π¦ = 0, Ξ» = 3 β π₯ = 14 , π§ =Β± 154 As a result, we have two points to check: (1/4, 0, square root of 15 over 4), and (1/4,0, minus square root of 15 over 4). 14 , 0, 154 ( ) , 14 , 0, β 154 ( ) Finally, we have our third case. In this situation, lambda is equal to 2 and z is equalto 0. Ξ» = 2, π§ = 0 So again, returning to our equation, when lambda equals 2 in the first equation, wehave 2x plus 1 equals 4x. Therefore, 2x equals 1 or x is 1/2. This gives us x equals1/2. Ξ» = 2, π§ = 0 βπ₯ = 12 Now if you take z equals 0 and x equals 1/2, we can take that down to our constraintequation and we get y squared equals 1. So we get y is a square root of 3/4. So yequals plus or minus the square root of 3 over 2. Ξ» = 2, π§ = 0 βπ₯ = 12 , π¦ =Β± 3 2 Thus, this gives us two points: (1/2, β3/2, 0), and (1/2, ββ3/2, 0): 12 , 3 2 , 0 ( ) , 12 , β 3 2 , 0 ( ) We have three cases from which to choose. We have solved each of them and foundthe points that lead to their solutions. Now we need to check these six points forboundaries. We must consider the values of f at each of these six points and figureout where f is maximized and minimized. These six points are the only points wherethat could happen, where f could be maximized or minimized. So we just have toevaluate our objective function, f, at these six points and find the largest value andthe smallest value. Let us now seek the solution to our original equation, x squared plus x, plus 2ysquared plus 3z squared. Let's evaluate the function at those points: x squared plusx plus 2y squared plus 3z squared. At the point (1,0,0), it is equal to 2; we will writethis on the side of the graph. So we have a value of 2 here. I'll circle that. And then at(β1, 0,0) we have x squared is 1 + x is β1; y and z terms are both 0. So for this pointwe have a function value of 0; we'll circle this one as well. 2 β 1, 0, 0 ( ) 0 β(β 1, 0, 0) To get the value of the function at (1/4, 0), we will look at what we've already writtendown. To find the value of the function at (1/4, 0) when a equals 1/4 and b equals 0,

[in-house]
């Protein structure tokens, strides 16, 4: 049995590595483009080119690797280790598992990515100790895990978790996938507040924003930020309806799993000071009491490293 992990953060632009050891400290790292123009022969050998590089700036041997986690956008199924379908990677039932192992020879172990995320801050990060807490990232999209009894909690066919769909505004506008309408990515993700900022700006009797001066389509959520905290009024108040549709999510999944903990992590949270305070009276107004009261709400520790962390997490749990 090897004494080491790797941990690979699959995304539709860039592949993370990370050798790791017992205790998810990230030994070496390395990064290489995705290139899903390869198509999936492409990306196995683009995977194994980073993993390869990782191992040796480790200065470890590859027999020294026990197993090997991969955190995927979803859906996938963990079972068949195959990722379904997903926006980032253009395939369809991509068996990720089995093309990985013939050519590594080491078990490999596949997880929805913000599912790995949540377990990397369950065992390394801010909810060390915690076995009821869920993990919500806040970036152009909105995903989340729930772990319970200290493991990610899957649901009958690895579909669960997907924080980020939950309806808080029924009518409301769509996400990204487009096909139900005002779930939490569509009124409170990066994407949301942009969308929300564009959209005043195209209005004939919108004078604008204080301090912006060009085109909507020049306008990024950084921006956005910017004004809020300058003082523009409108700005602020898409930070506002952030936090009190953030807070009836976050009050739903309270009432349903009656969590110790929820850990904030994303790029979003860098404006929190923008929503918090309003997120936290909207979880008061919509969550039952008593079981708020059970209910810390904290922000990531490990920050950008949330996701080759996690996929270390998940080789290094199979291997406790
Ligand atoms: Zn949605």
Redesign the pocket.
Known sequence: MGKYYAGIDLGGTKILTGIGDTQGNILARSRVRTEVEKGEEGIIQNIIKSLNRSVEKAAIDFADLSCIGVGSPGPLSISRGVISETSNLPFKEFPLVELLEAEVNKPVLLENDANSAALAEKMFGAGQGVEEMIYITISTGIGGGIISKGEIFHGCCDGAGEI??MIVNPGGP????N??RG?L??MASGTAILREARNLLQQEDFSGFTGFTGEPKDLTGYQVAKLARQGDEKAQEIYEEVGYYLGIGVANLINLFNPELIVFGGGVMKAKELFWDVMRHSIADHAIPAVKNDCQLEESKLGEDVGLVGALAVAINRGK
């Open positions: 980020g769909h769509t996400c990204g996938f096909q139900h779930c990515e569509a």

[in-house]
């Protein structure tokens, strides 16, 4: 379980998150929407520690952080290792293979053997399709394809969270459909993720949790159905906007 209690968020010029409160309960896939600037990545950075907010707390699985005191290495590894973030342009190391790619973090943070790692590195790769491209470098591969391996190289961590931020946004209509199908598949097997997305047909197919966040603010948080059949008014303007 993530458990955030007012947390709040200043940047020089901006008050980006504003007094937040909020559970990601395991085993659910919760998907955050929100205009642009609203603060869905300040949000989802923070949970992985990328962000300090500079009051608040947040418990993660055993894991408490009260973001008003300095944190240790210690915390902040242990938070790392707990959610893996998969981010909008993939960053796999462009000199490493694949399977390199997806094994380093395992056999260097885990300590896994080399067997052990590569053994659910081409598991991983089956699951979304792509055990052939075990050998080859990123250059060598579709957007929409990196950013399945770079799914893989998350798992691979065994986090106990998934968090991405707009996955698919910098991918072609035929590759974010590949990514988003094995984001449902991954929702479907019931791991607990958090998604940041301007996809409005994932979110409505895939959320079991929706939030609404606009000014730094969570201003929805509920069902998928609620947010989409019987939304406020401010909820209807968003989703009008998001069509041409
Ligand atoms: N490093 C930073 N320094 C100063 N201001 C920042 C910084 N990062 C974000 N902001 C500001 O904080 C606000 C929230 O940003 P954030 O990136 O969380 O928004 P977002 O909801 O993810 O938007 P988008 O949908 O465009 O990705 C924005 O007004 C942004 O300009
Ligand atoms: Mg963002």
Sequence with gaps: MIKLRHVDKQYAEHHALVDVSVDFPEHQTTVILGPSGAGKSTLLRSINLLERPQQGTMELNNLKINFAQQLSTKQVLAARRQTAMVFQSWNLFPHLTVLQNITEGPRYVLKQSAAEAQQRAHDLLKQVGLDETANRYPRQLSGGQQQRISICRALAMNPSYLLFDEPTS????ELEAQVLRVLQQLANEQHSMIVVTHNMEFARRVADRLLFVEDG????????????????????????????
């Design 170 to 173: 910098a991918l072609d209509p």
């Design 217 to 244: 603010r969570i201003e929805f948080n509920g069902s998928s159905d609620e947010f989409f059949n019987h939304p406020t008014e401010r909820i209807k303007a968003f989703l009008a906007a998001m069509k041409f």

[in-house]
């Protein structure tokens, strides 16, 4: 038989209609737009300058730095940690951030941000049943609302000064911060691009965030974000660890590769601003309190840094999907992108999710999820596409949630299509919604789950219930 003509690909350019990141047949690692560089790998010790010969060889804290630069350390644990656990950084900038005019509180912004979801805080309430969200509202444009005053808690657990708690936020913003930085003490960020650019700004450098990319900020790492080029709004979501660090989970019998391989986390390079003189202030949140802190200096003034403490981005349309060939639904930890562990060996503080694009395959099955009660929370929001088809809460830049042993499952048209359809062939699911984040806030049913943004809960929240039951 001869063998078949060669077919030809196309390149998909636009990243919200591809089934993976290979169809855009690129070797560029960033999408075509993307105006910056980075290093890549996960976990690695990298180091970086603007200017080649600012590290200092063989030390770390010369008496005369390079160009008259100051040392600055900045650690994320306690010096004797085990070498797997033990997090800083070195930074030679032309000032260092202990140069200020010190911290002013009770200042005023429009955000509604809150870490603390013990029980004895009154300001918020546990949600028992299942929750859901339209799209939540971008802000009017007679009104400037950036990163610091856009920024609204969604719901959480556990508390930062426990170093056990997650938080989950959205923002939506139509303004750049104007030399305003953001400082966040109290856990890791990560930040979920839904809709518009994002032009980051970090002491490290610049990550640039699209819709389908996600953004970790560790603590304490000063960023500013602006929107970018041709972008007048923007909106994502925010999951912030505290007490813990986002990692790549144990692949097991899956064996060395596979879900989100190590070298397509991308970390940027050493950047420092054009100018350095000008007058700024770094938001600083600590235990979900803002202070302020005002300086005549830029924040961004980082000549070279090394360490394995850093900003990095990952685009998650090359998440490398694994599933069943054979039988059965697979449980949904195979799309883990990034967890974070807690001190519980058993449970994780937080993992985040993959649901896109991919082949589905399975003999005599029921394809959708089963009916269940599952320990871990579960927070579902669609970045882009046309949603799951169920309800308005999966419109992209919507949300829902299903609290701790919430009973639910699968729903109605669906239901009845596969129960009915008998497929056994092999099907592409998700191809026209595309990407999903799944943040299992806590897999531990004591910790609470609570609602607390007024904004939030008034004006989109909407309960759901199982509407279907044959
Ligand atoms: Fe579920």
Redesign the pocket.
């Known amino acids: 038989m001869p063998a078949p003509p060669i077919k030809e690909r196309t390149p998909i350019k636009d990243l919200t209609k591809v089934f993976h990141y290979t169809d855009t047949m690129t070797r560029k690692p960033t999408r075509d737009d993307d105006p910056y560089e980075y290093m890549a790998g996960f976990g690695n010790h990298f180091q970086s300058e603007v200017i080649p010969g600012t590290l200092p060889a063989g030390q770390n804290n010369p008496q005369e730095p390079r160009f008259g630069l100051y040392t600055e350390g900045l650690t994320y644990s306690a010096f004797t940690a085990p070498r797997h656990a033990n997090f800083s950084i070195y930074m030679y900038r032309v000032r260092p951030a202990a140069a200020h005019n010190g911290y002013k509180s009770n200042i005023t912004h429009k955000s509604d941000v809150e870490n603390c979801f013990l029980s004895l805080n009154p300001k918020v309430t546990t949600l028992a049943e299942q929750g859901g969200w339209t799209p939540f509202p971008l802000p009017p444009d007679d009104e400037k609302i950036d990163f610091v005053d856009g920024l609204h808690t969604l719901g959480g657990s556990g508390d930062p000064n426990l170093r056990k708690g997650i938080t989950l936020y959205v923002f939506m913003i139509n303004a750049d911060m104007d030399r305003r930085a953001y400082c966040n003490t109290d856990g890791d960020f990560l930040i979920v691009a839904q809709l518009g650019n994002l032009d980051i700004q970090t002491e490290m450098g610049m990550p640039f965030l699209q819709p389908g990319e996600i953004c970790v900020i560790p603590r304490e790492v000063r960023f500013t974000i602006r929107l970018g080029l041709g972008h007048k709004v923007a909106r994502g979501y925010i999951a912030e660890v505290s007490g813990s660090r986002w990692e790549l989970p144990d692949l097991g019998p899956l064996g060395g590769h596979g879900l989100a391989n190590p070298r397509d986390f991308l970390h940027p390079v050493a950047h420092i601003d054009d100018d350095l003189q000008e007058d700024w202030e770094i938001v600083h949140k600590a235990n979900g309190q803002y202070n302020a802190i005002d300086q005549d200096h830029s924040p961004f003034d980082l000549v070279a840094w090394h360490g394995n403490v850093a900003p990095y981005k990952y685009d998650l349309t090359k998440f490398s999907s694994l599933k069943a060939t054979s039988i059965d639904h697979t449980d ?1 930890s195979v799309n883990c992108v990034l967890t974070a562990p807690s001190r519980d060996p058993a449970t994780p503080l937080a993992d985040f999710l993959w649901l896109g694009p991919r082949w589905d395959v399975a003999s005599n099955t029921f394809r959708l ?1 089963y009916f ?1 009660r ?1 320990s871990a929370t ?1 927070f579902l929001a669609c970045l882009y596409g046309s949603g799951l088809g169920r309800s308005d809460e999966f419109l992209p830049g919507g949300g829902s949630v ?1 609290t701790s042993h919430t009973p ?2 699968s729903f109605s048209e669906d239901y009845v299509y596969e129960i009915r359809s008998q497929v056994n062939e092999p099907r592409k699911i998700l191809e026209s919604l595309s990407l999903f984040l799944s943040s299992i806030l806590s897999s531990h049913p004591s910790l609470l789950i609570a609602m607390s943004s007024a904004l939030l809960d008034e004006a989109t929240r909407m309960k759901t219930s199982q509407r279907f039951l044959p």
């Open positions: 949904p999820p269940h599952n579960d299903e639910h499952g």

we need to use the formula f(a, b) = ab^2 + (b^2)a^2. When a=1/4 and b=0, thisbecomes f(1/4, 0)=25 over 8. 25 8 β 14 , 0, 154 ( ) , 14 , 0, β 154 ( ) We will not do the arithmetic here and now. And at these last two points, the points(1/2, root 3 over 2, 0) and (1/2, minus root 3 over 2, 0)-the function has the samevalue of both those points. That value is 9/4. The value of 25 over 8 is equal to the value of 9/4 at both points (0, 0) and (1, 0).Now, to find the maximum value of f(x) and the minimum value of f(x), we just look atthe values that we got and say which of these are biggest and which of these aresmallest. Because all values except 0 are positive, it's easy to see that 0 is theminimum. So our maximum value of f is 0 at the point (-1, 0). ππ π ππ 0 ππ‘ (β 1, 0, 0) If you compare the values of f(2) and f(25/8), 25/8 is larger than 3. Both are less than3, but 25/8 is greater than 3. For example, it can be shown that the maximum valueof f occurs at the points (1/4, 0, plus or minus square root of 15 over 4). ) ππ π ππ 25 8 ππ‘ ( 14 , 0, Β± 154 Weβve just covered the method of Lagrange multipliers. To reiterate, you start outwith an objective function and a constraint function, and then you come up with asystem of equations by writing down their partial derivatives and solving for x. One must take care to solve the system of equations that results when setting fxequal lambda gx, fy equal lambda gy, fz equal lambda gz, and g equal someconstant. This can be a challenge because solving systems of equations is oftendifficult even for experienced mathematicians. In this case, there were several observations that we could make from the secondand third equations that made it relatively straightforward to do. And that gave ussome cases. In each of those cases, we were able to completely solve for the pointsx, y, and z. We can also solve for the associated values of lambda, but lambda is not importantto us. Once we find x, y, and z, we can forget about lambda because it does notaffect f. In this case, we got six points of interest. We then looked at the value of ourobjective function at those points. The maximum value of the objective function isfound when its value is largest in any one of these six points. Now, in some problems you will check for possible maxima and minima on theboundary of the region. However, in this case there is no boundary on a sphere, sowe do not have to worry about that. That's how we apply the method of Lagrangemultipliers to this problem and how you can apply it to other problems as well.
Recitation Video: Lagrange Multipliers with 3 Variables